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CHAPTER 5 STRATIFICATION IN THE UNITED STATES AND WORLDWIDE CHAPTER OUTLINE UNDERSTANDING STRATIFICATION Systems of Stratification Perspectives on Stratification Is Stratification Universal? STRATIFICATION BY SOCIAL CLASS Measuring Social Class Wealth and Income Poverty Life Chances SOCIAL MOBILITY Open versus Closed Stratification Systems Types of Social Mobility Social Mobility in the United States STRATIFICATION IN THE WORLD SYSTEM The Legacy of Colonialism Multinational Corporations Modernization 115
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1. Describe the various systems of stratification. 2. Discuss the various sociological perspectives on stratification. 3. Identify the methods used to measure stratification. 4. Discuss the issues surrounding the study of poverty. 5. Define social mobility and identify the various types of social mobility. 6. Discuss the impact of various social factors on social mobility. 7. Describe the various components of the world system analysis. 8. Discuss the effects of globalization from the various sociological perspectives. CHAPTER SUMMARY The term social inequality describes a condition in which members of a society have different amounts of wealth, prestige, or power. When a system of social inequality is based on a hierarchy of groups, sociologists refer to it as stratification : a structured ranking of entire groups of people that perpetuates unequal economic rewards and power in a society. To help understand stratification systems, one must discern between ascribed and achieved statuses. Ascribed status is a social position assigned to a person without regard for that person’s unique characteristics or talent such as race, gender or ethnicity. Achieved status is a social position attained by a person largely through his or her own effort such as occupation or graduating college. The most extreme form of legalized social inequality is slavery . Castes are hereditary systems of social inequality usually religiously dictated. A class system is a social ranking based primarily on economic position. Some sociologists have suggested that only 1 to 2 percent of the people in the United States are in the upper-class, whereas the lower class consists of approximately 20 to 25 percent of the population. The lower class is disproportionately comprised of Blacks, Hispanics, single mothers, and people with low-paying jobs. Karl Marx viewed class differentiation as the crucial determinant of social, economic, and political inequality. Marx focused on the two classes that emerged as the estate system declined, the bourgeoisie and the proletariat. The bourgeoisie is the capitalist class that owns and controls the means of production, and the proletariat is the working class people that are exploited by the capitalist class. Unlike Marx, Max Weber insisted that no single characteristic totally defines a person’s social position. Weber identified three components of stratification: class, status, and power. 115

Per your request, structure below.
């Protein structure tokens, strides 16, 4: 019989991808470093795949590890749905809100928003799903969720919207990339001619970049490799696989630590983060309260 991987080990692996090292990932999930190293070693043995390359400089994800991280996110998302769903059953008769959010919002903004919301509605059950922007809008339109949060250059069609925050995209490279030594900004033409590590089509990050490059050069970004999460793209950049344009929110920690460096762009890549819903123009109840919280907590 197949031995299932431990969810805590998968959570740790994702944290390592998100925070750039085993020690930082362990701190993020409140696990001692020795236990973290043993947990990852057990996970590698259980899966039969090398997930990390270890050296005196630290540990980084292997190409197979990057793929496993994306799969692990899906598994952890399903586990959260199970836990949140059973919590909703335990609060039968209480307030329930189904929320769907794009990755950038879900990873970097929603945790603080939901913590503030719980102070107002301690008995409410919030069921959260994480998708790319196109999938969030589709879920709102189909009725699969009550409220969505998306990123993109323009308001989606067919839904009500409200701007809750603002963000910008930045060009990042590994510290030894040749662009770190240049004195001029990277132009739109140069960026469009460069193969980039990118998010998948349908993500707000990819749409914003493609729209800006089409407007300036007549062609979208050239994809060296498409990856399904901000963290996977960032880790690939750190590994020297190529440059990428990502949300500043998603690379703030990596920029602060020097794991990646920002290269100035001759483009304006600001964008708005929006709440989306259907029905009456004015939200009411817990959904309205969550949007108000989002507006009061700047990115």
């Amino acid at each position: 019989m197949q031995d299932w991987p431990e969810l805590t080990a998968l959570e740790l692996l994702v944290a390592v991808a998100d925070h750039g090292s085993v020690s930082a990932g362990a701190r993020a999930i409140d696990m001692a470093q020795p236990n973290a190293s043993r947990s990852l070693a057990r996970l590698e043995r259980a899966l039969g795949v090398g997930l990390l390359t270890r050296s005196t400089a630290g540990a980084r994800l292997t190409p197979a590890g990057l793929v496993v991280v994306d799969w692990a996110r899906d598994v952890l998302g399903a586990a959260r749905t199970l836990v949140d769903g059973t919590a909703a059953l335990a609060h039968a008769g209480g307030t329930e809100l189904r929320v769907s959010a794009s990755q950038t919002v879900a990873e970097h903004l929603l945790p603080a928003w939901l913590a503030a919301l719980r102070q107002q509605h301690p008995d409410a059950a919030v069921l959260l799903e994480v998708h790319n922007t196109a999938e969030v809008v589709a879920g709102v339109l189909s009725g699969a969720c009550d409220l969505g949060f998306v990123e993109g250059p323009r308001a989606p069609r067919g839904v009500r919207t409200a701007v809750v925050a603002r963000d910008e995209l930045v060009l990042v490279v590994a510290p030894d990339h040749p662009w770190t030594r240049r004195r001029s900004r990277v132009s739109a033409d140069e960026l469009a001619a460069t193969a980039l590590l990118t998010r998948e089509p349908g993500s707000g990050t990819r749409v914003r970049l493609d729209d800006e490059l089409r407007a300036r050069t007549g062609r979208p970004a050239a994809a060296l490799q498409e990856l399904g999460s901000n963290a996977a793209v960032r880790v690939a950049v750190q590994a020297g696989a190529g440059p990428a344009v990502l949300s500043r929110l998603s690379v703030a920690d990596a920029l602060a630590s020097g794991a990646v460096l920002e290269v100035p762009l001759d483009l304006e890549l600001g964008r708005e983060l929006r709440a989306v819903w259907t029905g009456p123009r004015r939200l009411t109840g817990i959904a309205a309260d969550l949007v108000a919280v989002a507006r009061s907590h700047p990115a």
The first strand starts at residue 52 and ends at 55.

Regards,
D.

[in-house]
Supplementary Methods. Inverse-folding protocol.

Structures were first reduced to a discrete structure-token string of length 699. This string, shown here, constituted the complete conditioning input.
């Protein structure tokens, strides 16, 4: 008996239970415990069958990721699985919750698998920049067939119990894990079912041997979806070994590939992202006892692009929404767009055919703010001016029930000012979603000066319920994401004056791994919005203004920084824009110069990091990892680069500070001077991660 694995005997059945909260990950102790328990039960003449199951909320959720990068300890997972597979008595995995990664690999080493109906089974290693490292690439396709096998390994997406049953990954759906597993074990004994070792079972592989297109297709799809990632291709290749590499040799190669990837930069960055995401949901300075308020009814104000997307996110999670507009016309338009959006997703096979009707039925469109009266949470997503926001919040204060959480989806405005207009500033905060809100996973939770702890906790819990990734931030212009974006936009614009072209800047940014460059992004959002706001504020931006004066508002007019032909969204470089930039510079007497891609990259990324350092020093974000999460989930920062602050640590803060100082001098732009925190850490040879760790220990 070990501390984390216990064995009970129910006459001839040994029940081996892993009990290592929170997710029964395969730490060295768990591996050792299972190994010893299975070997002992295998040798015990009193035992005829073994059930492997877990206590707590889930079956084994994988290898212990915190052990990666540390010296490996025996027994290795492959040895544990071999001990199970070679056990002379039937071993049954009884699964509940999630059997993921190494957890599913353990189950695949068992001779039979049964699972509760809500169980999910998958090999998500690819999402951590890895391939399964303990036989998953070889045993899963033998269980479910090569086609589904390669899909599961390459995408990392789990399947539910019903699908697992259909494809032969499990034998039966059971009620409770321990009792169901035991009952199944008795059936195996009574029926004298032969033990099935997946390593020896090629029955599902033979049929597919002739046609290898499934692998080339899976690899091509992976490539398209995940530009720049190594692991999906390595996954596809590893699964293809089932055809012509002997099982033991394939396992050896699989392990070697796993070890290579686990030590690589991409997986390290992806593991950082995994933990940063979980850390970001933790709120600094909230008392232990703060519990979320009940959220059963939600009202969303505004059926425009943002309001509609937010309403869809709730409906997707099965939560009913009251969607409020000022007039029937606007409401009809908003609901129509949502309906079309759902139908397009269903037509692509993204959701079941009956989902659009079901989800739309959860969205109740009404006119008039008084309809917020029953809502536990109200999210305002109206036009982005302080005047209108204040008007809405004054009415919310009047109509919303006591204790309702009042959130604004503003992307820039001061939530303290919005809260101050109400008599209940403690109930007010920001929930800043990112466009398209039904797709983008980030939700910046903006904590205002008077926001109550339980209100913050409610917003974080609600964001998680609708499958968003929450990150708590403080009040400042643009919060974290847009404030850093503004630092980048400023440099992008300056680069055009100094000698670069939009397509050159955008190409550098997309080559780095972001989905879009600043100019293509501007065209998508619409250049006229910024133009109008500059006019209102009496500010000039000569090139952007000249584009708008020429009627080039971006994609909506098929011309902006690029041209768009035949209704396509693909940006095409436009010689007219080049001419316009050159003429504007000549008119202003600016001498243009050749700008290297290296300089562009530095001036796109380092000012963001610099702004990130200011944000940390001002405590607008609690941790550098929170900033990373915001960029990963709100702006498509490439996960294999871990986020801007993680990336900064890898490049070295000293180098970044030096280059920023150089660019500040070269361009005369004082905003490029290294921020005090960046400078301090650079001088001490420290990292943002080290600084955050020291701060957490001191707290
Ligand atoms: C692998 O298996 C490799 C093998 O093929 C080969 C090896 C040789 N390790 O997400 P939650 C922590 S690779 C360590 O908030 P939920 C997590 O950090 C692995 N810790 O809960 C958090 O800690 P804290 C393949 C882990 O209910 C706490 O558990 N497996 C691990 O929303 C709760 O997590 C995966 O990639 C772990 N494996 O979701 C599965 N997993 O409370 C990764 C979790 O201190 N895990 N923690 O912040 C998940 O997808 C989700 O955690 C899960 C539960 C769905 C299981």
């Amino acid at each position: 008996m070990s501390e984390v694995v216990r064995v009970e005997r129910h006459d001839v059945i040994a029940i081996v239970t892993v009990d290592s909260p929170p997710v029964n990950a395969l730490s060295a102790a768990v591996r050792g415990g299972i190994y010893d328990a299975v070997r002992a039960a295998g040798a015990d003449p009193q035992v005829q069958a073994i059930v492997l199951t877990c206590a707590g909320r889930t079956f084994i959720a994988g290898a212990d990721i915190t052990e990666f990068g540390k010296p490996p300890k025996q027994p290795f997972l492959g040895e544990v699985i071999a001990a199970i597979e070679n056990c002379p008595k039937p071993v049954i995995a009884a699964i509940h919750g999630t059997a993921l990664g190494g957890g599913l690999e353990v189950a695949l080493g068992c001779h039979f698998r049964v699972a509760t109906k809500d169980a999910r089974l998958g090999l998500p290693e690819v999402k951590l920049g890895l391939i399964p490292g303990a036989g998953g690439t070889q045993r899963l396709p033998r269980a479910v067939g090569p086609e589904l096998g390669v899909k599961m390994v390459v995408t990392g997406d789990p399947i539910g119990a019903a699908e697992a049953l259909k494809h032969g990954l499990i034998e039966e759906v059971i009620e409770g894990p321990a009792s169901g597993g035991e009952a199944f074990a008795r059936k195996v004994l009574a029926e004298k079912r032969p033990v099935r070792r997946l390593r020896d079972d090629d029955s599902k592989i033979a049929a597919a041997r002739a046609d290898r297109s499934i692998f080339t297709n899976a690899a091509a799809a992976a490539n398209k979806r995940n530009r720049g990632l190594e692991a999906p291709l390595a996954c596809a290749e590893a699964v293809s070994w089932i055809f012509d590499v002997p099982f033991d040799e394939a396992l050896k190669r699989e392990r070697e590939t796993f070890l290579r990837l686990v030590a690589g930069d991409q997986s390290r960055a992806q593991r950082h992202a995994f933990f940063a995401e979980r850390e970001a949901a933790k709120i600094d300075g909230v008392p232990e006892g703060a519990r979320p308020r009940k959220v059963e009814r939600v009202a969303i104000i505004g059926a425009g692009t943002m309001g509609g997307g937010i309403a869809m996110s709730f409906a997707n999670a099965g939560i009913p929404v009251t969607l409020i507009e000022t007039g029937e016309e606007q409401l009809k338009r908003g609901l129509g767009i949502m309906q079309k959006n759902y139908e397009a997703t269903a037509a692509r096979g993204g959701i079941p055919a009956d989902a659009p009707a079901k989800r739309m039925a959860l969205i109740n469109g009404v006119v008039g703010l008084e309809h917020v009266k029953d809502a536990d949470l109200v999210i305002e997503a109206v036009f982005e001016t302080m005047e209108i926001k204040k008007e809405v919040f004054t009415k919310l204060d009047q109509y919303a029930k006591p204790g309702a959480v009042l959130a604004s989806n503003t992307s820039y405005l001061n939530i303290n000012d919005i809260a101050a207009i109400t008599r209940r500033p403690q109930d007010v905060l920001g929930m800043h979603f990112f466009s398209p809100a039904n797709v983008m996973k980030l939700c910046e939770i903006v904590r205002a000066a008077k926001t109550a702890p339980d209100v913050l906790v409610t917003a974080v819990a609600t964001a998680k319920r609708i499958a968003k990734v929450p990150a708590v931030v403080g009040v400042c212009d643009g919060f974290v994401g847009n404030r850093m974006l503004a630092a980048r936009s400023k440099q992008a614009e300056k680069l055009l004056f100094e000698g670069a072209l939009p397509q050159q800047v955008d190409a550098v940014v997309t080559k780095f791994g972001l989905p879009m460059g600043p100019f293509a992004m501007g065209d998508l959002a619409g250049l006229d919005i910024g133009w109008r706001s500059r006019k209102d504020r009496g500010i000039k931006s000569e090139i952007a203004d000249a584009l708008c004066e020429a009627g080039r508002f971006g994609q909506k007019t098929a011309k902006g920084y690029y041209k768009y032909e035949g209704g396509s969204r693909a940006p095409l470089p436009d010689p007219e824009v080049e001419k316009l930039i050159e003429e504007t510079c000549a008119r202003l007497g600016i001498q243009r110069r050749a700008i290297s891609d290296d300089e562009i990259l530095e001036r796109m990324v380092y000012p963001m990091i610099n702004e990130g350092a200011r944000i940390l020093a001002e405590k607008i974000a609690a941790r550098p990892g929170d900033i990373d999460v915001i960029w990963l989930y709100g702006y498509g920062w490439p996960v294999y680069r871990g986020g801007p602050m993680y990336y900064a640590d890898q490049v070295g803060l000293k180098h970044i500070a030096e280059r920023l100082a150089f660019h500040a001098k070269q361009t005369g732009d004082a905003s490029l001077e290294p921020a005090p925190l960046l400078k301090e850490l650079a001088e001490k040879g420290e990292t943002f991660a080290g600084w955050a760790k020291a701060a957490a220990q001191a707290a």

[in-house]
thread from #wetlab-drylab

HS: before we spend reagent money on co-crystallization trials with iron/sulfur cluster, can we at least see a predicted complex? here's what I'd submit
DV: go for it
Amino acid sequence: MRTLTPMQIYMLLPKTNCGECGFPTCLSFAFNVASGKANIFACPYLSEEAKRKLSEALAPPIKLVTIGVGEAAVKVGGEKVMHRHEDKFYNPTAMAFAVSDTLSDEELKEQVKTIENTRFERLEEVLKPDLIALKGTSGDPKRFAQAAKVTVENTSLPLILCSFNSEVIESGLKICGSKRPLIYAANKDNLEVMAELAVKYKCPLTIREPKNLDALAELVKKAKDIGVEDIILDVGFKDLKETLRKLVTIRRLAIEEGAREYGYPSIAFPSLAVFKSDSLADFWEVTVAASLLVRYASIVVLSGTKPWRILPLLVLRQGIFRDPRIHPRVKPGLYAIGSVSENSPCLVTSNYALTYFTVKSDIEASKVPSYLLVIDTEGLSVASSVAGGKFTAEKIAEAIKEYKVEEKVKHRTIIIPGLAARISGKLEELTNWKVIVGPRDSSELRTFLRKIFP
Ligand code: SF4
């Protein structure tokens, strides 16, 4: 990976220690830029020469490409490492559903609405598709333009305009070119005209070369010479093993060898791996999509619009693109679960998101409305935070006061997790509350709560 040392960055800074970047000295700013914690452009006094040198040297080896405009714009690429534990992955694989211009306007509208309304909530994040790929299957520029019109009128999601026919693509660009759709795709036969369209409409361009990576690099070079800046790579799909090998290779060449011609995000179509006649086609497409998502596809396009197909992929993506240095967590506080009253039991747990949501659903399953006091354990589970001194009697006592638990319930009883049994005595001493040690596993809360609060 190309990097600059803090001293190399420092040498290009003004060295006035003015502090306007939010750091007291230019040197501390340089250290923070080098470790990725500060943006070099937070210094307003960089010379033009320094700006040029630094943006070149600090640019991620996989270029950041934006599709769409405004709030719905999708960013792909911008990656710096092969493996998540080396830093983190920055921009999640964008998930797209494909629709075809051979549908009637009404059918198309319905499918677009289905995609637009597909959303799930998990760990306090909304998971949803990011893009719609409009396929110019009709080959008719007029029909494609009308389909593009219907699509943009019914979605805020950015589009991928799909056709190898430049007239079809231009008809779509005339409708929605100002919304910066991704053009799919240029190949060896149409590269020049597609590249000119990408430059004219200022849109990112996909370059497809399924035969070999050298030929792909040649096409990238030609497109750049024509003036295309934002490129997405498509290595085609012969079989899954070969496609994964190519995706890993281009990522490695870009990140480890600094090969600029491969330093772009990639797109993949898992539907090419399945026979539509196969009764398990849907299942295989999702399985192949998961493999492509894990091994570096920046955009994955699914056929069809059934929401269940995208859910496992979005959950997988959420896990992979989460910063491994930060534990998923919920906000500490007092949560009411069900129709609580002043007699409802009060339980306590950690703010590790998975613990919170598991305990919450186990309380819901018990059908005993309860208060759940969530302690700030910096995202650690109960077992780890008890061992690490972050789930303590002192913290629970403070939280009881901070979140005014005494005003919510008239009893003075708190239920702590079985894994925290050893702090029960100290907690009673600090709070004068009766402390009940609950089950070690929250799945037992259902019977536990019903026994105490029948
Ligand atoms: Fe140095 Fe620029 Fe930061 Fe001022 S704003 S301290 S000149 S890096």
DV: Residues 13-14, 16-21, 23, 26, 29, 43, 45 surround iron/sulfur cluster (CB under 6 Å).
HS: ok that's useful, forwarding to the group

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This note was uploaded on 09/30/2011 for the course SOCI 1113 taught by Professor Messer during the Summer '08 term at Oklahoma State.

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